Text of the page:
is that 60 % of young users in the US in the age group of 15 to 35
actually use Snapchat very actively. So the point I'm trying to make
is that all these companies had great products, great innovation,
they understood what consumers wanted, and they accordingly
came up with something to satisfy the needs of the consumers.

[Product, Price, Promotion, Place] A lot of you who are studying here
will know the four Ps. The reason I brought it up was
that I don't think they are all relevant. And even if they are,
if you were to ask me, there is one "P" which stands out,
which is probably five times, ten times, 100 times bigger
than the other three, and that is "Product." If your product is fundamentally great, even if you don't do the other three Ps, you can live with it. But if your product is shitty, even if you do great things
with the other three Ps, you cannot succeed. So product is important. What do many of these companies,
also do apart from product to successfully build brands
without advertising? They build BG. They build a small group of users
who are social influences.

A traditional way of working that a company would have
a brand campaign, they would have TV ads, and they'd hire a brand ambassador,
say Shah Rukh Khan, or Salman Khan or any big star, and they would do a TV ad
which would reach millions of people. But in some of these new-age companies,
the way that they work is, they don't have any TV campaign,
they don't have a brand ambassador, but they have something
called "brand influences." They will go and work
with a small number of people, who genuinely believe in their product,
who love these products, and become brand evangelists. These are the guys who will go
to their social circle, friends, family, or colleagues,
and will talk about this brand. Think about this: Today, most of the shopping,
or any other thing, is a social need. If you decide to buy a phone, you will typically go to a friend
or family member, and ask, "Hey, which phone should I buy?"
My budget is 10,000 bucks." "I want to buy a car.
My budget is ten lac rupees.

I want to buy a watch.
My budget is 10,000 bucks. Which one should I buy?" And these friends, colleagues
and family will recommend this. And this is much truer in smaller towns. A 50-year-old man living in [a small town]
would call up a son or daughter or a nephew or a niece
living in Delhi or Bangalore, and ask, "Hey, which one should I buy?" And these are the brand influencers
who can recommend the phone or the car or whatever the product is, and say "This is what I use.
I believe this is a great product, and you should buy this." When a brand influencer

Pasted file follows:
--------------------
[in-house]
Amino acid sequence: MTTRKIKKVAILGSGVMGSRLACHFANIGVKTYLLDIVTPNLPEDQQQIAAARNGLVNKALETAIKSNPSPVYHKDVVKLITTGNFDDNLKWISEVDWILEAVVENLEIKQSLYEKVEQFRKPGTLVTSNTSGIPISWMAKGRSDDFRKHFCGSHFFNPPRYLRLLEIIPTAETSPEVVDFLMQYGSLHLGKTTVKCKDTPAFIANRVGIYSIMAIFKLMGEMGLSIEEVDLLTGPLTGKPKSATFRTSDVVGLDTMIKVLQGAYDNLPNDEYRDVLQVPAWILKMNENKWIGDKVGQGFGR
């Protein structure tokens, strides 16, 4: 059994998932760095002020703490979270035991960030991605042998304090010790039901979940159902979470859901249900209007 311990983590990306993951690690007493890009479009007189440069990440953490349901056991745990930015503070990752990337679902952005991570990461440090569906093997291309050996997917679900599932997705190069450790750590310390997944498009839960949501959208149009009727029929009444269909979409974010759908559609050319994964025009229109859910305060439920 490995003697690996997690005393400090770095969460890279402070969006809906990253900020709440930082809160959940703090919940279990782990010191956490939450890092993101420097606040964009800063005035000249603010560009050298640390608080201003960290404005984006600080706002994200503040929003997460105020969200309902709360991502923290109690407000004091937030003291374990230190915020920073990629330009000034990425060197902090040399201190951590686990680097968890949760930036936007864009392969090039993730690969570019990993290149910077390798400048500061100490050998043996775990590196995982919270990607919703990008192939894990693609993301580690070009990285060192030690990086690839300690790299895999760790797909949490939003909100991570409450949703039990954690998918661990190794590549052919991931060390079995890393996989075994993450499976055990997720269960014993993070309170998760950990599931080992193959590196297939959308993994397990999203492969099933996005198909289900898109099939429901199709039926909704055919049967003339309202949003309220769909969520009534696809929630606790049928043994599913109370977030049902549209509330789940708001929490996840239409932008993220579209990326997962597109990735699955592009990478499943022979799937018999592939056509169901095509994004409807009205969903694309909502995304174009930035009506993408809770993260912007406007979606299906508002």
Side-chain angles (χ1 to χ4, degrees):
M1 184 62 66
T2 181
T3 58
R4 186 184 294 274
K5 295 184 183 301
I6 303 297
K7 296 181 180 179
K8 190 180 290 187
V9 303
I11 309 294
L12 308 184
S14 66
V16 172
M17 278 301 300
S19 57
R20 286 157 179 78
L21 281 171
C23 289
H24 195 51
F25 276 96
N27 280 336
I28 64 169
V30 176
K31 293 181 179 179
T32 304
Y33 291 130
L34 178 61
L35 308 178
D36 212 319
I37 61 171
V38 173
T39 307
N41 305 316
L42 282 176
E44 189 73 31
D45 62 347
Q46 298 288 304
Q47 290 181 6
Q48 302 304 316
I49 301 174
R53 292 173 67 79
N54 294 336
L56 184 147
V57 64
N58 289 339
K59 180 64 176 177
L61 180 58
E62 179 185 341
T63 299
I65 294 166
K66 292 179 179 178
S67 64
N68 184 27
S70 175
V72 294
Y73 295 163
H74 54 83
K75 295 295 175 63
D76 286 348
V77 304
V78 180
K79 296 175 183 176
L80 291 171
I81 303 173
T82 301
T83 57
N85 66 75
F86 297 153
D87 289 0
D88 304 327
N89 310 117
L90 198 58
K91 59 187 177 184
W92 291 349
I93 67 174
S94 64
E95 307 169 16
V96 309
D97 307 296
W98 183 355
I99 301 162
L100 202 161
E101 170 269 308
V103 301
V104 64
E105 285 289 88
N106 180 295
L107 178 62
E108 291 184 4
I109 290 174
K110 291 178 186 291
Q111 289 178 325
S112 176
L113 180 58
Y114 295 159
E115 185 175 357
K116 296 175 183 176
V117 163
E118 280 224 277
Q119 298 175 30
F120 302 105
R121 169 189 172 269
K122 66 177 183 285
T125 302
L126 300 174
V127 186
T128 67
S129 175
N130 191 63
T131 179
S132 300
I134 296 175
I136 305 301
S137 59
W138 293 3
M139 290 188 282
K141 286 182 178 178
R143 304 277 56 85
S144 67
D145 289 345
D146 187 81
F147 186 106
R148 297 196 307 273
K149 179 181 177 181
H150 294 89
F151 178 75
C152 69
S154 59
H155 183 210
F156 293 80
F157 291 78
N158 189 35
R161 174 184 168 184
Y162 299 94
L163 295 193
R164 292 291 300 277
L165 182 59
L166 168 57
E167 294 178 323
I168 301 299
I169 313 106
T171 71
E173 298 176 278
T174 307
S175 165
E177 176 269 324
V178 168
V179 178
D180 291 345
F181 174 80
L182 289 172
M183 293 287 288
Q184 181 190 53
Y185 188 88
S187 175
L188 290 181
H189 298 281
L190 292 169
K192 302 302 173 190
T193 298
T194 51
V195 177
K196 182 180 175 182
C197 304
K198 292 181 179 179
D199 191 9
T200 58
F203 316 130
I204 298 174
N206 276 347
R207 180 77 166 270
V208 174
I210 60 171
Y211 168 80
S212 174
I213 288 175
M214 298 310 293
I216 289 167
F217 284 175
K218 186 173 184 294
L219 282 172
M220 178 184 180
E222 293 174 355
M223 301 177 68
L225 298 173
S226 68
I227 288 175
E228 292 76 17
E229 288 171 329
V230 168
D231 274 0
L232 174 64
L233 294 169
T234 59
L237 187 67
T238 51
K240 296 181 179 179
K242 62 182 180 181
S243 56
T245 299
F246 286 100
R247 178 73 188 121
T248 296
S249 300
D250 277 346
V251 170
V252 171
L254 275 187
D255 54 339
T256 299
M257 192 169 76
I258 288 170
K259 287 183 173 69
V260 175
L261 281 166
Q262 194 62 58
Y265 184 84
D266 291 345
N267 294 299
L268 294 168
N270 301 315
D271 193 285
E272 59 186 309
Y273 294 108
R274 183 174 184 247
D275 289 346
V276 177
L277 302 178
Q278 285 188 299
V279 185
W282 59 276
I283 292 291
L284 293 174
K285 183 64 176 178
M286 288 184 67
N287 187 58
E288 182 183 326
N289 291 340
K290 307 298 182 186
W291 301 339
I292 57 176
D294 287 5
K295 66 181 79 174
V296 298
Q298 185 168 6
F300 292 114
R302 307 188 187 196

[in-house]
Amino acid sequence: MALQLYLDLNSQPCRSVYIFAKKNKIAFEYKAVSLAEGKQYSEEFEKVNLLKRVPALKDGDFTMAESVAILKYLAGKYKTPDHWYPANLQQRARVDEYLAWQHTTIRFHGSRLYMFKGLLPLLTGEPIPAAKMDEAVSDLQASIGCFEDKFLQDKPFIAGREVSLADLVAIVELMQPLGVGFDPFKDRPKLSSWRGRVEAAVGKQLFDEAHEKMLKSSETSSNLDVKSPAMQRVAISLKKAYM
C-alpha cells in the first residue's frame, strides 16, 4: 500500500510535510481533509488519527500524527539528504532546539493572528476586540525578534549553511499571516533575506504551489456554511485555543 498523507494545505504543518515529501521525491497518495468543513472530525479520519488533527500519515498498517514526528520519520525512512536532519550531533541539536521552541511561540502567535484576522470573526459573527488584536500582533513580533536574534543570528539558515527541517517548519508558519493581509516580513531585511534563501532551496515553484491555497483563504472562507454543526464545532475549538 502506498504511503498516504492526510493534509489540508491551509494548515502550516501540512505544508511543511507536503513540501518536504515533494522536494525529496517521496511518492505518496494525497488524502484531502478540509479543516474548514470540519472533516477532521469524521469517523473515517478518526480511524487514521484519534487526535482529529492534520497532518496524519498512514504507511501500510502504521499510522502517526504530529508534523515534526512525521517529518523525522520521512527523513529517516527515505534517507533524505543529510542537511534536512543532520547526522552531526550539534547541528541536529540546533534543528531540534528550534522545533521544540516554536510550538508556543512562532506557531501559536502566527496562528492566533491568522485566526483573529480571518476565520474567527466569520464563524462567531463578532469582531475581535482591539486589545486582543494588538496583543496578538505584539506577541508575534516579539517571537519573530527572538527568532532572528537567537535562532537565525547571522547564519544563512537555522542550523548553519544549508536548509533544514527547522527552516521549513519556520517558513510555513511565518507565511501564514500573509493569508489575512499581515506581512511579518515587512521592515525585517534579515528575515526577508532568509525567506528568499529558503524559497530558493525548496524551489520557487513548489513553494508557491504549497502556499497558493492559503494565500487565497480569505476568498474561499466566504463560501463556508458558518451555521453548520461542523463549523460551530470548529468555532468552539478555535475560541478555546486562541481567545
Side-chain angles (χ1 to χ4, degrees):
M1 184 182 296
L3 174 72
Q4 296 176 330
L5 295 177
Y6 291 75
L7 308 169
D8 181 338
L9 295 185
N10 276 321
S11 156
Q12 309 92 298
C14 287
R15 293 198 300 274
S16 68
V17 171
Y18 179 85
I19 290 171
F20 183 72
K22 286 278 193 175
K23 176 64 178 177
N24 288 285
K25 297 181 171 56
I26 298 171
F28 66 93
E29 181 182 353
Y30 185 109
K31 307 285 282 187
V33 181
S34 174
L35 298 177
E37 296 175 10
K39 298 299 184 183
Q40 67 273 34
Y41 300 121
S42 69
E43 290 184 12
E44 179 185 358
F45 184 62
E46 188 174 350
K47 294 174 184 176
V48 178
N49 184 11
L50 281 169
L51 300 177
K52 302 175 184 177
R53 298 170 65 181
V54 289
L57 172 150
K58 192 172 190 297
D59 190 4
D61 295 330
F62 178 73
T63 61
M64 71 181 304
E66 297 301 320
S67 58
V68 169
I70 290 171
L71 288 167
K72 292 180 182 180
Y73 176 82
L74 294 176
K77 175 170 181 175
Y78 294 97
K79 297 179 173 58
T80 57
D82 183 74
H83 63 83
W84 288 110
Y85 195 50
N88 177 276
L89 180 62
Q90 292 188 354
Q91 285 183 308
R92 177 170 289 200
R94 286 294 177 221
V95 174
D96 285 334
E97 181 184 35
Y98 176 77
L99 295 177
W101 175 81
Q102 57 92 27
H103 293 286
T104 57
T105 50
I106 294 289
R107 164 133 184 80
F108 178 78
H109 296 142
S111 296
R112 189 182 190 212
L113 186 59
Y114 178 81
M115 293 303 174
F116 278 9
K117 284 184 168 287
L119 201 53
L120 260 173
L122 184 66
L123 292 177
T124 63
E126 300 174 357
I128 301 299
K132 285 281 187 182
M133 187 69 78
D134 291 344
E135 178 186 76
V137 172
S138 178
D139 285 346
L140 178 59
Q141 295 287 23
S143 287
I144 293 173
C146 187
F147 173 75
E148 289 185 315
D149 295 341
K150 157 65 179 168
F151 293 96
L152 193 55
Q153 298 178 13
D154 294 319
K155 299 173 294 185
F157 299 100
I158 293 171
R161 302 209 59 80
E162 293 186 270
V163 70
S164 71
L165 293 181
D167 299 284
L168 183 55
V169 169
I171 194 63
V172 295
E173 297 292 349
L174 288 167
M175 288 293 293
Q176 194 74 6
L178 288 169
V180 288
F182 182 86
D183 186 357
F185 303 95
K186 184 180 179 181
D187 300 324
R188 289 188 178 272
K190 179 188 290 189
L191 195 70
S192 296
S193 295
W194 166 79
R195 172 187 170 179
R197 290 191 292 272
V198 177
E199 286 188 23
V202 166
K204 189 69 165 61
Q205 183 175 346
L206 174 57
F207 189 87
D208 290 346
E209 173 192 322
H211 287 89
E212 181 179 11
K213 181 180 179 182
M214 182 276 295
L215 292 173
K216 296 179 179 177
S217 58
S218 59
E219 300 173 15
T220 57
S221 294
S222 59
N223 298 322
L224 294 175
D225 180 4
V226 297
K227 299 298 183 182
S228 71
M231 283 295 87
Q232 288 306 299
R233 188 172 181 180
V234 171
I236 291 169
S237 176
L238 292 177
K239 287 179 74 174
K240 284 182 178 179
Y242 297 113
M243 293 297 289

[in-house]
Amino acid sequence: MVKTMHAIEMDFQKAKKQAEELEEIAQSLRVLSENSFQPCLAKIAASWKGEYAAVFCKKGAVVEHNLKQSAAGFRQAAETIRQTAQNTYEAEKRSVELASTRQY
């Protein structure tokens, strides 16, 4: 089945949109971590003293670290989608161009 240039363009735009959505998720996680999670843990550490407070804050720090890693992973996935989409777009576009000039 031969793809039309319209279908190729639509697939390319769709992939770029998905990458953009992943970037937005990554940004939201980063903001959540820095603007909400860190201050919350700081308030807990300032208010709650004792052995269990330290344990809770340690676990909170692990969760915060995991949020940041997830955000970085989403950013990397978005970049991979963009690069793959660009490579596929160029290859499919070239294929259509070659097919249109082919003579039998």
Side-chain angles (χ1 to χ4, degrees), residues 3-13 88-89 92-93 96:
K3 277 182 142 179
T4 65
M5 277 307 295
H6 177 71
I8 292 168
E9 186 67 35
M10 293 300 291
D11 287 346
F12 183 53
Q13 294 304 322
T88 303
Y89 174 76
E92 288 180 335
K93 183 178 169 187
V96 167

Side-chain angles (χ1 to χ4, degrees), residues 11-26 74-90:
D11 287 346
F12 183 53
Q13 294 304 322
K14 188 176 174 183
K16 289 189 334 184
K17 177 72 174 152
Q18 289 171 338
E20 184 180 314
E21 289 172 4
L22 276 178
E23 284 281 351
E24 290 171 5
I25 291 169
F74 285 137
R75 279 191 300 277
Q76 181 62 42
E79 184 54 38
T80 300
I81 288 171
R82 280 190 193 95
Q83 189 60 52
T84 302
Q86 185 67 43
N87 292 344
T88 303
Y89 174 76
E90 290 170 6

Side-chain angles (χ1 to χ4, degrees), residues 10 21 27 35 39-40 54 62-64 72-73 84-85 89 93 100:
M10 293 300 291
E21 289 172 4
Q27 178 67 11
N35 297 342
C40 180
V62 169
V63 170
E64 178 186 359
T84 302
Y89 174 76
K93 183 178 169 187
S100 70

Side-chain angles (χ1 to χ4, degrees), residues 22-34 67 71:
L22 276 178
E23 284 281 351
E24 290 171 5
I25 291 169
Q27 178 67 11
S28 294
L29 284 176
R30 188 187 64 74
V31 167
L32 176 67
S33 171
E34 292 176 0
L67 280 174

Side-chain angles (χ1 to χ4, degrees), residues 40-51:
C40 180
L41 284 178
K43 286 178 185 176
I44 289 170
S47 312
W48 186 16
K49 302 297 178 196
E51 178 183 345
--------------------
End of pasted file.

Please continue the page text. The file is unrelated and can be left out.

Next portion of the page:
recommends something, it is far more trustworthy
than a big film star saying this.

Because more often or not you know
that when a film star is saying that he uses this phone
or drinks this cola, he is not even using it. When your social circle says this,
the amount of trust is much higher. We do this a lot. We have fan clubs in every single city. And these fans – like when people ask me
how we have built a great brand – a huge amount of credit goes to our fans,
who are living in every single city and who help us spread this message
without any kind of TV ad, without any type of print ad.

Great product, great network. Again, I want to repeat: Advertising does not lead to success. I just want to give two last examples
from Indian companies, which I hope will help
establish this point that if your product is shitty, you cannot build a brand
only on the basis of advertising. Look at this e-commerce company. It was in use about a few weeks
back, Askmebazaar. They had a website; there was
nothing special about the website, nothing special about the assortment, nothing special about the price
or about their service, but they spent hundreds of crores –
or whatever the amount was, I don't know – on TV ads. With some of the biggest
brand ambassadors, Kangana Ranaut, Ranbir Kapoor,
and a few other big stars doing TV ads every single day
for Askmebazaar. And yet, this company was shut down.

No great product, amazing
advertising; it doesn't work. Another very radical example
from our brick-and-mortar industry, and I'm sure many of you
will know this, is Patanjali. Look at Patanjali versus Dabur. Dabur was started almost 150 years back, Patanjali was started ten years back. Today their revenue is similar, and Dabur spends 25 percent
of their revenue on marketing. 25 percent. Patanjali also does, a little bit,
but nowhere close, almost negligible. And in ten years, they have done
what Dabur did in 150 years with zero advertising. So coming back, if I were
to summarize, I would say, "The traditional form of marketing?
Yes, it has some merits, but that's what I call lazy marketing. Lazy: we build a brand, just do TV ads, and then hope the consumers
will come and buy. The smarter and harder we're working
means that we're building great products. Brands and companies
will eventually realize that consumers will understand
that when I'm watching a TV ad and I'm buying a product,
I'm not only paying for my TV ad, the TV ad that I'm watching, I'm also paying for thousands
of other people who are watching this TV ad,
but are not buying.

It is not a good proposition for a brand;
it is not a good proposition for the user. It's a lazy way of working. And I hope in future, a lot more new B2C tech companies
will not use this. Thank you. (Applause).